The Hidden Life of Trees: A Book Review

Hilda Guerrero, Librarian, Science, Technology, & Patents Department ,
The Hidden Life of Trees: What They Feel, How They Communicate: Discoveries From a Secret World book cover

The Hidden Life of Trees: What They Feel, How They Communicate: Discoveries From a Secret World, which you can reserve through Library To-Go or e-media platforms Libby and Overdrive, tells us of the struggles trees must endure quietly from seedling to their inevitable dying “breath.”

The phrase “ hidden life” may conjure up images of midnight trysts, embezzlement, and disguises. Trees would be last on the list of things that we believe would have hidden lives but strap in and find out why trees are the stars of many dramas unfolding in forests, parks, and even in your backyards.

This book reads more like a novella than your regular ol' non-fiction boring science book. You will learn that trees are more of a community than you ever imagined. That fungi rabbit hole you went into three months ago because everyone is talking about psychedelics and microdosing? Welcome back to your obsession with fungi because you will find out how fungi help trees relay messages to each other and even aid in exchanging nutrients. But let’s not get too excited about fungi being friends to trees because some are more foe than friend. These fungi are capable of sucking the life out of trees when given the opportunity; you will have to read the book to find out the particulars of this relationship between trees and fungi. You will also learn that trees are a little scrappy—did you know that there are trees whose branches whip the branches of competing trees when the wind blows, resulting in the other trees losing branches? Imagine the conversations going on between trees:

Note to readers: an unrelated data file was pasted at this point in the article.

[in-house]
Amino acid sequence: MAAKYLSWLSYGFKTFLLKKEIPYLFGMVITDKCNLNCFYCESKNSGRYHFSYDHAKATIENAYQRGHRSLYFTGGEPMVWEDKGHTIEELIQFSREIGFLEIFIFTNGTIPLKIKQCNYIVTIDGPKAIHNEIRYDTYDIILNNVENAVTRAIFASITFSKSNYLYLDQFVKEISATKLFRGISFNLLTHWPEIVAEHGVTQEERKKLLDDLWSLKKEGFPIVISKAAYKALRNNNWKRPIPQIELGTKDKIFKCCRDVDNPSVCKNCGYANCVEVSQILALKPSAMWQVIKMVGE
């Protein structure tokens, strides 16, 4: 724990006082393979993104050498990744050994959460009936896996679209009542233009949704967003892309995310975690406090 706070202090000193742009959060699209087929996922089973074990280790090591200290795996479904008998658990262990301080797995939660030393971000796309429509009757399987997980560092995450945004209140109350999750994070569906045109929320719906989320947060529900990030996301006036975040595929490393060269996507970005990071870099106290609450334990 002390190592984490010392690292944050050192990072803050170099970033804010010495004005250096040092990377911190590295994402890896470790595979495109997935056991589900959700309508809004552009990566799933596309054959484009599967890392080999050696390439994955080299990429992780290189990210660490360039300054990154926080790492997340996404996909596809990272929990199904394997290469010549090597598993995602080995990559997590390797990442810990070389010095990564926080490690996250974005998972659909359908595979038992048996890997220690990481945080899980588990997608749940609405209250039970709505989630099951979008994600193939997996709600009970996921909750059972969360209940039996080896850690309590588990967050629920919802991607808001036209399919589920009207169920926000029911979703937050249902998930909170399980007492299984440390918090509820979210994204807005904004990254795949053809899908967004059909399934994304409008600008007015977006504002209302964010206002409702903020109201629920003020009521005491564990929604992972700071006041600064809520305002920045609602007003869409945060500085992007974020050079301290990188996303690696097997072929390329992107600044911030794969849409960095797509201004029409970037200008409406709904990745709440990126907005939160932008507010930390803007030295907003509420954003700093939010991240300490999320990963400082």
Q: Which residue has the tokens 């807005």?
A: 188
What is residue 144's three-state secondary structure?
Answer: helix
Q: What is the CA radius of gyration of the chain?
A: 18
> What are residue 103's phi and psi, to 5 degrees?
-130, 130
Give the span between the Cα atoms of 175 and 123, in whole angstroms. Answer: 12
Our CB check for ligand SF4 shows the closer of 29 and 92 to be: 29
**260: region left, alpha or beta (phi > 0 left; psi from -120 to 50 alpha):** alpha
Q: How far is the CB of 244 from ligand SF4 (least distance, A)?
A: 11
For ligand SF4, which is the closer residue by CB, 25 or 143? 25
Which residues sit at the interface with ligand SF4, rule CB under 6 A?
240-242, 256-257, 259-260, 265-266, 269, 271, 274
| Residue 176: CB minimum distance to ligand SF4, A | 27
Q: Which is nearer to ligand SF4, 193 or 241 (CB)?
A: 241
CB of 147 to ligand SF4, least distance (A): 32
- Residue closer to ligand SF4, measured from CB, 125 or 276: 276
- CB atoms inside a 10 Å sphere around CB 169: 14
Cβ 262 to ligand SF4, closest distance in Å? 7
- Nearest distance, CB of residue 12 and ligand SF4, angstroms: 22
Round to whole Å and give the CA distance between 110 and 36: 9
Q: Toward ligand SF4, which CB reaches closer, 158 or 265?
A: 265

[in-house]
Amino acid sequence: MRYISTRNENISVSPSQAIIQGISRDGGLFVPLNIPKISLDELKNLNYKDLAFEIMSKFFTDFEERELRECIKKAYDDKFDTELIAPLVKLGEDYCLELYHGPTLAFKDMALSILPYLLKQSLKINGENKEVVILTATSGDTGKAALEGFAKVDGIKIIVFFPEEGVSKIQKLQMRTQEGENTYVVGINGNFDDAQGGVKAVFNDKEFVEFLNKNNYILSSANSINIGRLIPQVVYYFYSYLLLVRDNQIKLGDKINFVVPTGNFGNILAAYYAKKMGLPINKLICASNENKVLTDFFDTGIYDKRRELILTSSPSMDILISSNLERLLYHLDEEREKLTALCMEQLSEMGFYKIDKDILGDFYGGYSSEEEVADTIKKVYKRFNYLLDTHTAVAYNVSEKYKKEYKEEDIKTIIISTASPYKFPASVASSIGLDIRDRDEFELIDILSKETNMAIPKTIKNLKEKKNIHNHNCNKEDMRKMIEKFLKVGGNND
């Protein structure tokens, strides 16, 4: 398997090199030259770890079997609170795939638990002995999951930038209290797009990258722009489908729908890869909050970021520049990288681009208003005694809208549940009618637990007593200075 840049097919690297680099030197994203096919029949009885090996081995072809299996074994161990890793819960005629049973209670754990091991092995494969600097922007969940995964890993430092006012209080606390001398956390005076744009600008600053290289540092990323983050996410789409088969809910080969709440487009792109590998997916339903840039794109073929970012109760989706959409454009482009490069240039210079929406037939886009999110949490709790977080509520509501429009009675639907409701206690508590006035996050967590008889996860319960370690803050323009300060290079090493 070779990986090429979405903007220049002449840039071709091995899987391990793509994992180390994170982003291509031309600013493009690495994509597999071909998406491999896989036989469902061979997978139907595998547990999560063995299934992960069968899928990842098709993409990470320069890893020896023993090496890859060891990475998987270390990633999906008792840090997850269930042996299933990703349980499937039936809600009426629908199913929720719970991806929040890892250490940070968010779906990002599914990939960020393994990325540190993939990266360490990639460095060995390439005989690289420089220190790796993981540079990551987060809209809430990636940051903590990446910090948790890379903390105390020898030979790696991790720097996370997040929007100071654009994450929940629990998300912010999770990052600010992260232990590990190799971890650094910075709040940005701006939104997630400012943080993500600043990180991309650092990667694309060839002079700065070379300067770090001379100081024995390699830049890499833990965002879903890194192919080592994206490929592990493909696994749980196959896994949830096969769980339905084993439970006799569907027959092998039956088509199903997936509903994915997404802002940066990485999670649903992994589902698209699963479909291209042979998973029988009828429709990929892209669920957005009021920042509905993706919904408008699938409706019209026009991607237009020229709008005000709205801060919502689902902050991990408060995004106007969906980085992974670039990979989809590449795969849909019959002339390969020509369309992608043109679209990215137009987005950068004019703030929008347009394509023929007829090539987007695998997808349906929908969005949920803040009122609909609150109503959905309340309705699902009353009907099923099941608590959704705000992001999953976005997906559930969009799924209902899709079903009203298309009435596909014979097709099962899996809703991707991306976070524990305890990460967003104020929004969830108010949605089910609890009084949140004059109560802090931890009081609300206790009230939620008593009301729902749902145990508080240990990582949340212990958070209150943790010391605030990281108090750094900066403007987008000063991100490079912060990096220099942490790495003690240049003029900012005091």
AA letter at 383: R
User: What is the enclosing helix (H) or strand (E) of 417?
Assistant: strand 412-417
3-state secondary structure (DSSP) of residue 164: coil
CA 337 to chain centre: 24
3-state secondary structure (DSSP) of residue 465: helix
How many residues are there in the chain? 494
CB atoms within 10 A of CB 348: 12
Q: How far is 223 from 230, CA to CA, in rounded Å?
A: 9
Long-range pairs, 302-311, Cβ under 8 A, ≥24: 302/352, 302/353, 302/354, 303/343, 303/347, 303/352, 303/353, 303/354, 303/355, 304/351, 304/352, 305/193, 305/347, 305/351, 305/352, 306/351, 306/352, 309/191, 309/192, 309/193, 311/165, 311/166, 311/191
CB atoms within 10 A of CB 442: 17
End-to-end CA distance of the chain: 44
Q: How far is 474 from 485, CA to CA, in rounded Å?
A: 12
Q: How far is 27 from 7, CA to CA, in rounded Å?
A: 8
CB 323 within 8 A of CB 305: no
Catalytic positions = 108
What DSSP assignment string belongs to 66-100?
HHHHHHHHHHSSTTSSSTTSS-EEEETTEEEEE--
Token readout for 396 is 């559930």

"Hey, stay out of my light, or you can catch these hands - errr- branches…"
"Try me! I’ll choke your roots!"

Yes, trees can indeed be very ruthless when it comes to competition for precious sunlight. All of this may be happening as you take a rest under the shade of a seemingly quiet tree in the forest. Why the forest and not the park? This is a tough truth to tell you, but trees planted in parks, backyards, on sidewalks, or any other area where the trees did not naturally grow are usually very isolated and lonely. They never get the benefits of living in a community and can fall victim to attacks from insects or plagues because they cannot tap into the underground web of communication. These trees are living a different drama than their forest counterparts. Sometimes their dramas include having city workers cut their roots because they got too close to a water pipe. How sad is that? Let’s not get too caught up in the sadness that is city slicker trees, and focus more on the fact that we can always be more environmentally responsible and conserve natural forests.

Book cover for The Hidden Life of Trees: What They Feel, How They Communicate
The Hidden Life of Trees: What They Feel, How They Communicate
Wohlleben, Peter

Learn more about the hidden life of trees by checking out the book, and perhaps you will shout to the heavens the wonders of trees much as I have.